Such solid materials build up on the primary coating device, reducing coating efficiency, or in the worst case, actually causing the coating operation to be shut down completely. Using the air- and water-stable organoantimony precursors of the present invention will reduce operational downtime due to less frequent shut-downs for maintenance because of a build-up of Sb/O/Cl solids.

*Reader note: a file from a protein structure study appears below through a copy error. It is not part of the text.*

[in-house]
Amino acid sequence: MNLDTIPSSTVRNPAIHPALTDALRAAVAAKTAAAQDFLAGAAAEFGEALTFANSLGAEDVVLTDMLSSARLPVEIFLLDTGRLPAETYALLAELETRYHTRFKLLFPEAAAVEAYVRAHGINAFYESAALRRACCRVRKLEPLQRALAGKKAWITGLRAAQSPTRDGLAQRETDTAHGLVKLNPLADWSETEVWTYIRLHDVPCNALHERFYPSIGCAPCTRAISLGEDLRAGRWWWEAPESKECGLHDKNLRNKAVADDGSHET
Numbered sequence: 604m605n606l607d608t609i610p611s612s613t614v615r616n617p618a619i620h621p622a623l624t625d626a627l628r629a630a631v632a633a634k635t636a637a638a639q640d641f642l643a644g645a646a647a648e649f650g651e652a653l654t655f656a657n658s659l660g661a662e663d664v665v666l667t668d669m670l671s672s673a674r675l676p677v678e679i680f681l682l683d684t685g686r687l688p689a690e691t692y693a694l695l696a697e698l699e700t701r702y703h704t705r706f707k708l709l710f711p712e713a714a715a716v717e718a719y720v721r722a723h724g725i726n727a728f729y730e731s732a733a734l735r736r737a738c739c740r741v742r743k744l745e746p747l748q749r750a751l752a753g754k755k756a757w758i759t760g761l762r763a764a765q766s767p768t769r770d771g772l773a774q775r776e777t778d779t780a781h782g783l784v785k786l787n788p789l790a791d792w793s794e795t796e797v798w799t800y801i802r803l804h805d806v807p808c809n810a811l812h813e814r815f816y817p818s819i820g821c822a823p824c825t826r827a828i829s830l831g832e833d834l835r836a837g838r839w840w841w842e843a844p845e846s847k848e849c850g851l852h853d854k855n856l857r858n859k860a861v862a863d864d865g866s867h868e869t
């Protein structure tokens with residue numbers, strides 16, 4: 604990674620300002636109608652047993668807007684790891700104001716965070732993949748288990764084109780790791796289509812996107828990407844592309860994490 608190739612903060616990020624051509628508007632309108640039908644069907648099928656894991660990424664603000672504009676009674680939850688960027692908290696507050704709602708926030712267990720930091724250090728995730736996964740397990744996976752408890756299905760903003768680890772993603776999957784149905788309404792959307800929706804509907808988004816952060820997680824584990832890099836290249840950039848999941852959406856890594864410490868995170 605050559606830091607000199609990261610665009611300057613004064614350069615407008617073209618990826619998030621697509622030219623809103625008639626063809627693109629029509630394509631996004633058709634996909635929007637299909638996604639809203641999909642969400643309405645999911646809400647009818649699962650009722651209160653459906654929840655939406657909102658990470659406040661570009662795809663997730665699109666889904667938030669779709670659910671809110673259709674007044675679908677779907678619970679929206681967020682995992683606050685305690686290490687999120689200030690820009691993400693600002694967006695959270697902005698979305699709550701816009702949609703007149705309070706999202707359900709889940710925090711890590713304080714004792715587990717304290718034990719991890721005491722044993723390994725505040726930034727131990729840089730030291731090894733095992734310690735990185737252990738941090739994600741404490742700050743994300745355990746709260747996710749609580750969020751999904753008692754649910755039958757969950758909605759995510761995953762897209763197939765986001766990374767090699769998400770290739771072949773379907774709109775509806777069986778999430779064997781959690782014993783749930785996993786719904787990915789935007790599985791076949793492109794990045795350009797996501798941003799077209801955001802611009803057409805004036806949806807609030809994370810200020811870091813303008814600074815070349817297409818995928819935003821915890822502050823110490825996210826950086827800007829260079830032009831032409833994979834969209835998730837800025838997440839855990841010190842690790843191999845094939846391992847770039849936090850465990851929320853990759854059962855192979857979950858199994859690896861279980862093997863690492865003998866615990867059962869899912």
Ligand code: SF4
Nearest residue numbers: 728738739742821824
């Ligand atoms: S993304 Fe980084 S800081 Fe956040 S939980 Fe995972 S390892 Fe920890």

The organoantimony-containing reactant stream is combined with the organotin reactant stream at a point prior to delivery of the reactants to the surface of the hot glass substrate upon which the coating is to be deposited, but preferably in relatively close proximity thereto. The reactant stream containing the organoantimony may be prepared by vaporizing the compound using any suitable method, such as the methods discussed hereinabove relative to the vaporization of the organotin. The vaporized reactant stream containing the organoantimony may be combined with the reactant stream containing the vaporized organotin compound by blending the two gaseous streams prior to delivery to the surface of the hot glass substrate. Alternatively, the organoantimony-containing reactant stream in liquid or solution form may be injected into the hot reactant stream containing the vaporized organotin compound, thereby vaporizing the antimony-containing solution or liquid compound. After combination, the vaporized reactants of organotin, organoantimony, water and an oxygen-containing compound are delivered to the surface of the hot glass, where they react together to deposit thereon a coating of antimony doped tin oxide.